As of March 20, 2020 we are no longer seeing patients in our office due to COVID-19. We are happy to continue caring for you during these uncertain times. We are now offering remote appointments for new and established patients although we will no longer be able to see you in person. For some patients, an in person visit is best, but if you feel that your concern could be addressed online, this may be a convenient option for you.
There are many types of skin cancer but the three most common types are basal cell carcinoma, squamous cell carcinoma and melanoma. Basal cell and squamous cell carcinomas are rarely life threatening and melanoma is the very dangerous type of skin cancer that can be life threatening. However, all three types need to be treated or they can continue to grow.
Exposure to the sun is a main cause of these types of skin cancer.
Of these three types, the most frequently encountered is basal cell carcinoma and affects 1 in 5 Americans in their lifetime.
Basal cell skin cancer is most often on the face but it can occur anywhere on the body. It might start out looking like a pimple that never goes away and bleeds easily. Although basal cell carcinoma is almost never life threatening, it can continue to grow and bleed and should therefore be treated. Basal cell skin cancers can be treated in a number of different ways. They can be removed with Mohs surgery (a method to cut out skin cancers on the face), excised (a simple way to cut out the cancer), scraped away or treated with a cream. Your dermatologist can discuss with you the best way to treat your specific type of skin cancer.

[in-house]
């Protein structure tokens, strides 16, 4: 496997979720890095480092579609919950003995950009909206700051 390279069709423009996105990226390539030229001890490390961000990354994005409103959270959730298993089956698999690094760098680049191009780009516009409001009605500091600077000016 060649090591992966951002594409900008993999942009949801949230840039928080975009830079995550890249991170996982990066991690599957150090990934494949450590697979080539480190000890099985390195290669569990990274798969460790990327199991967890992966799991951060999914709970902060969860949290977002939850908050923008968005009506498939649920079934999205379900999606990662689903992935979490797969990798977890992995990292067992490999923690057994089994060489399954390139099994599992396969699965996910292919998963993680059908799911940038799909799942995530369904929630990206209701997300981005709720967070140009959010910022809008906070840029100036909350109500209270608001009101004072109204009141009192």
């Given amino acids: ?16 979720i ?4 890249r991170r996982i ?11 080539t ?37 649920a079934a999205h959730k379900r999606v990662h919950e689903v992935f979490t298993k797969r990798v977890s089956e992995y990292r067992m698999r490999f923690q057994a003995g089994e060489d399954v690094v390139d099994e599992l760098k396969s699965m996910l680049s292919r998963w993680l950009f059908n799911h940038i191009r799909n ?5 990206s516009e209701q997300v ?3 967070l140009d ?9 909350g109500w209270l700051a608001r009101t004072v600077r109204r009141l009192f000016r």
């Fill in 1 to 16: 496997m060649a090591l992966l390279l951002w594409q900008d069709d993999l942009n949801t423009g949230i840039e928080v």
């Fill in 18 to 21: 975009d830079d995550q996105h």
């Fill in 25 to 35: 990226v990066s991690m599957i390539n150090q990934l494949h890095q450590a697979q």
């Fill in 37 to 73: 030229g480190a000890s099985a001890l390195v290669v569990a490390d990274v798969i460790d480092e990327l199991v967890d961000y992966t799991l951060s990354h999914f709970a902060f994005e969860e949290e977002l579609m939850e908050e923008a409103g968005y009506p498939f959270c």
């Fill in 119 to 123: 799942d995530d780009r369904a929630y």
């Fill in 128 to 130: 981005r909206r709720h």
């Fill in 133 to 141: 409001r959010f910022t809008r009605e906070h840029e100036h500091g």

Squamous cell carcinoma is another type of skin cancer. This type most often starts out looking like a warty growth or a thickened area of skin. It may be tender a times. There are types of squamous cell skin cancers that grow quickly but most grow very slowly. They are treated with the same methods as basal cell skin cancers.
Melanoma can be life threatening and it is treatable if it is caught early on. People at higher risk for melanoma are those with fair skin, light colored hair, have a history of excessive sun exposure or indoor tanning, and those with family members who have had a melanoma. It is best to catch a melanoma early on before it grows and spreads internally. Warning signs that might indicate that a skin lesion is a melanoma are the ABCDE signs. You should seek a physician’s opinion on a skin lesion if it has any one of the following ABCDE signs:
Wear SPF of 30 or higher daily. The vast majority of melanomas are caused by overexposure to the sun. In fact, one UK study found that about 86% of melanomas can be attributed to exposure to ultraviolet (UV) radiation from the sun.
Only 20-to-30 percent of melanomas are found in existing moles, while 70-to-80 percent arise on apparently normal skin.
More people develop skin cancer because of indoor tanning than develop lung cancer because of smoking.
Our goal here at The Dermatology of Institute of Boston is protect the health of our patients and staff. To continue caring for our patients during these uncertain times, while strictly adhering to the guidelines set by the CDC, we will be only offering virtual consultations. For some patients, an in person visit is best, but if you feel that your concern could be addressed online, this may be a convenient option for you.